Dorothy I. Sack, University of Utah, Geomorphology of alluvial fans in the Bonneville Basin, Utah--Modeling alluvial fan activity
1985 (two awards given)
Karin A. Hoover, University of Washington, The relation of fluvial processes to facies--The Holocene stratigraphy and sedimentology of the Wells Reservoir area, eastern Washington
Peter E. Lea, University of Colorado, Late-Quaternary stratigraphy and paleoenvironments of the Nushagak region, southwestern Alaska
1984 (two awards given)
Jim E. O'Connor, University of Arizona, Paleohydrology and hydraulics as interpreted from geologic evidence: Boulder Creek, Utah
Leonard H. Thorleifson, University of Colorado, The Quaternary stratigraphy of the Hudson Bay lowlands
1983 (three awards given)
Jonathan M. Harbor, University of Colorado, Chronology of Holocene events, geomorphic response, and eolian influx in alpine lakes in the Front Range, Colorado
David S. Shafer, University of Tennessee, Quaternary climatic change, landscape evolution, and paleoecologic history, southern Appalachians, western North Carolina.
Carolyn H. Eyles, University of Toronto, Scarborough Bluffs, Lake Ontario basin, lithofacies codes and the model of diamict deposition below floating ice
1982 (two awards given)
Thomas F. Bullard, University of New Mexico, Quaternary geomorphic evolution of a tributary to the Chaco River, northwestern New Mexico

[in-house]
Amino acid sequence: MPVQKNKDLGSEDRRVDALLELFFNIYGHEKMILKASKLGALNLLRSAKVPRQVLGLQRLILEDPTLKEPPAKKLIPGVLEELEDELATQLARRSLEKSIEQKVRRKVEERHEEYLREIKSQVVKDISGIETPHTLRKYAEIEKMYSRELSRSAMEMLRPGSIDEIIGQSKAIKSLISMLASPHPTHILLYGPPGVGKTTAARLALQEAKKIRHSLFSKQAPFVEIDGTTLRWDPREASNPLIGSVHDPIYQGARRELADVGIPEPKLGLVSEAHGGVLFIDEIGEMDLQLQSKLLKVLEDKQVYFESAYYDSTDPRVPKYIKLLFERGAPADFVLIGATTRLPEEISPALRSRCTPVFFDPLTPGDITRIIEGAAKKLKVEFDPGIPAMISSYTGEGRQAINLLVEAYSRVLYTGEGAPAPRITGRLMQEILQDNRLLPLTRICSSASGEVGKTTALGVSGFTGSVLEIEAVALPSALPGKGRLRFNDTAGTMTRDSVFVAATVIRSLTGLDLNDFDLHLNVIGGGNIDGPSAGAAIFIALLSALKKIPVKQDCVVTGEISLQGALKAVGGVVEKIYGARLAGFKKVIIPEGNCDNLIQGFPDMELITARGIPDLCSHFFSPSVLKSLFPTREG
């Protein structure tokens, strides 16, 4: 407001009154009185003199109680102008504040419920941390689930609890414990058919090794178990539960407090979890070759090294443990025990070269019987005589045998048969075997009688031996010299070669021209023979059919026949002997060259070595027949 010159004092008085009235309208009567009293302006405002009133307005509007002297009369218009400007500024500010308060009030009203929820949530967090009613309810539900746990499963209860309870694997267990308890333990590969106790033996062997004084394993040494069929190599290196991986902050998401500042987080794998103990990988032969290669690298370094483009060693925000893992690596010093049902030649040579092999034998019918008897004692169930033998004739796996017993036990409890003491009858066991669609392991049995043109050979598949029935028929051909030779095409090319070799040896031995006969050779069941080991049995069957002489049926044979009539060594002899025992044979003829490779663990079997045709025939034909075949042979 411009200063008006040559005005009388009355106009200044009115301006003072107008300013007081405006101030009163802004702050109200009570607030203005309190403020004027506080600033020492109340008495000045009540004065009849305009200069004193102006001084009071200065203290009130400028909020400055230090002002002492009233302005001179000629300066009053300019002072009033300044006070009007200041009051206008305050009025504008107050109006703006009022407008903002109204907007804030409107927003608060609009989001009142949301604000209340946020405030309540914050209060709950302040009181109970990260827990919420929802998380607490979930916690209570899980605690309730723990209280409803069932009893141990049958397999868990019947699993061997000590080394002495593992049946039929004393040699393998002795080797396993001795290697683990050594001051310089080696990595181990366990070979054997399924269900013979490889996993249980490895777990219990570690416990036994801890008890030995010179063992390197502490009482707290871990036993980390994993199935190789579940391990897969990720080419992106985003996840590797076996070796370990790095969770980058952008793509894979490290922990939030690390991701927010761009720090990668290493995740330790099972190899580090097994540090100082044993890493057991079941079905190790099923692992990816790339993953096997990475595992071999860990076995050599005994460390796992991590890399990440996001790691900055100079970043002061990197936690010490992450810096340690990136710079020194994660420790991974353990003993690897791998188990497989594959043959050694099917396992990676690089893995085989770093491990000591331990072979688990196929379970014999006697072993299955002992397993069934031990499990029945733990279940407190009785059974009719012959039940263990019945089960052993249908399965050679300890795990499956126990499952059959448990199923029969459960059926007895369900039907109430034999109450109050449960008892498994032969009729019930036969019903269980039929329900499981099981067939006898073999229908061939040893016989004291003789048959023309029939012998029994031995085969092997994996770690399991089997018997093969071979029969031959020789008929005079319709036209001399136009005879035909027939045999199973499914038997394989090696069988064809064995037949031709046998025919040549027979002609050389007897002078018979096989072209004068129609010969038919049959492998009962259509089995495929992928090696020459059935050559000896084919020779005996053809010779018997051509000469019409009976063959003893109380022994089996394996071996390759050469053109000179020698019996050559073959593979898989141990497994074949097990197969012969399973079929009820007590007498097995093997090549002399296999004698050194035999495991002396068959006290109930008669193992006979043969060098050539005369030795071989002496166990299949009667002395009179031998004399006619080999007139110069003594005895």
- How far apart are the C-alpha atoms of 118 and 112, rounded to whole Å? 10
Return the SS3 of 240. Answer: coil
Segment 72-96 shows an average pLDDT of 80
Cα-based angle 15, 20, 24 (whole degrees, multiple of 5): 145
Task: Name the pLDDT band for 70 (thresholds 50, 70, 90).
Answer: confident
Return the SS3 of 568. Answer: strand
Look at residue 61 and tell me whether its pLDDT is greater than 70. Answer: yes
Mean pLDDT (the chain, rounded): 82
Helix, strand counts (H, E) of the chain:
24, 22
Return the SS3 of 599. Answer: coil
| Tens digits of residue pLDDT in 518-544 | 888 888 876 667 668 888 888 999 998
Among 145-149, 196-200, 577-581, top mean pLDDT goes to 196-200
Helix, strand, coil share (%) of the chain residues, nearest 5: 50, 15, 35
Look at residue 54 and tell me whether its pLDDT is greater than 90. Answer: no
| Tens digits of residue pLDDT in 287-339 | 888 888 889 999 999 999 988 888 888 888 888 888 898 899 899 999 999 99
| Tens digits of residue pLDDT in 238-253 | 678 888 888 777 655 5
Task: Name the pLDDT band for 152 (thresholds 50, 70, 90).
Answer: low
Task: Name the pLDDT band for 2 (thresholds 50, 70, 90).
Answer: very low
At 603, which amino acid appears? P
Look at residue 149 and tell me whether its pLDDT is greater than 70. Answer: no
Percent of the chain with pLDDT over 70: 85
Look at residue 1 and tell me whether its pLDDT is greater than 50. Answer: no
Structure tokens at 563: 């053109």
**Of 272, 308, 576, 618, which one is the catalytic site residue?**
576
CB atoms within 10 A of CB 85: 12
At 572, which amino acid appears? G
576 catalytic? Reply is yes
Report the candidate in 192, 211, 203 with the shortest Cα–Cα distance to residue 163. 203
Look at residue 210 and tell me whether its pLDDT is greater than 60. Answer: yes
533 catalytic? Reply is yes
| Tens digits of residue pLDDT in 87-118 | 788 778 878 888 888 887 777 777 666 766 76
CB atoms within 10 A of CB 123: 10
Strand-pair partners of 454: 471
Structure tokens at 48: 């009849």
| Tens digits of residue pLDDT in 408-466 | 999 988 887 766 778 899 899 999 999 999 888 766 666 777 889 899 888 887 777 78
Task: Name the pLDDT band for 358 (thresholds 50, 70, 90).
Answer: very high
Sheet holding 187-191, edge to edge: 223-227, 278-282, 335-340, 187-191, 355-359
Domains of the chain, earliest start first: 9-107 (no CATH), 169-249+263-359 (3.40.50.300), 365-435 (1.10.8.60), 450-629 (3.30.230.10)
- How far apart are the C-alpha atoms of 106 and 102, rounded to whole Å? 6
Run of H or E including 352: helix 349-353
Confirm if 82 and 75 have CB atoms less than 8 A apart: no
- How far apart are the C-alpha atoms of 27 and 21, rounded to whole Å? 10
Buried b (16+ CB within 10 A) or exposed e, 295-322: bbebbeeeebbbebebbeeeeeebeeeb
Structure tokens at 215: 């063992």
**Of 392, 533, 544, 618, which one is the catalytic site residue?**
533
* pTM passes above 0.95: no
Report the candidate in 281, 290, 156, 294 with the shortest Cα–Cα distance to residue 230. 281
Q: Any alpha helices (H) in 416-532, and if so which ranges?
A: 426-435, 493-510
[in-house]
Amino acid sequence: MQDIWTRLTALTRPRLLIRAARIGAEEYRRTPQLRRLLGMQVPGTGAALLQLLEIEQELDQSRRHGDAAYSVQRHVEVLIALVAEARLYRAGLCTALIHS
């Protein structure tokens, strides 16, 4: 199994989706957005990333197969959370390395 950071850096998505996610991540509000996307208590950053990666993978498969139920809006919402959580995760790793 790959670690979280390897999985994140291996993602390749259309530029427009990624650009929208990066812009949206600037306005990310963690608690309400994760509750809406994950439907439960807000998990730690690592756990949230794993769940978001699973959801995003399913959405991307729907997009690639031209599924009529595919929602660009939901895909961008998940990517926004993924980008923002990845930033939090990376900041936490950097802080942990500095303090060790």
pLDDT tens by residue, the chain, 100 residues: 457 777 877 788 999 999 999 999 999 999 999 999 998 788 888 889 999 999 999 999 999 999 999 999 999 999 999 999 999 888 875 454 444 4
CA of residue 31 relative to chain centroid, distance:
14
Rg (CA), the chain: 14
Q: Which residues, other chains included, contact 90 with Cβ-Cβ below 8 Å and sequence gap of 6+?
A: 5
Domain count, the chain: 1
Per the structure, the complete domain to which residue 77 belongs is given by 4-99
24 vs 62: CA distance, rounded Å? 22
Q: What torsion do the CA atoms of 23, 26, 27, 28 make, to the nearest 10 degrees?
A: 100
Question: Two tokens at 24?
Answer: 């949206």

J. Steven Kite, University of Wisconsin, Late-glacial and Holocene alluvial chronology, St. Johns drainage basin, northern Maine and southern New Brunswick and Quebec
1981 (two awards given)
Mary L. Gillam, University of Colorado, Age and climate effects on soil development, Colorado and New Mexico
Julie Brigham, University of Colorado, Chronology of Pleistocene marine deposits in coastal Alaska
1980 Susan L. Gawarecki, Lehigh University, Origin of the Railroad Ridge diamicton
1979 Donna Marron, University of California, Berkeley, Slope processes in Redwood National Park
1978 Lisa Osterman, University of Colorado, Quaternary geology of Frobisher Bay, Baffin Island
1977 Daniel R. Muhs, University of Colorado, Marine terraces-soil development, San Clemente Island, California
1976 Award date changed
1975 P. Thompson Davis, University of Colorado, Cirque glacier fluctuations and lacustrine chronologies
1974 Louis D. Carter, University of Southern California, Quaternary geology in Baja, California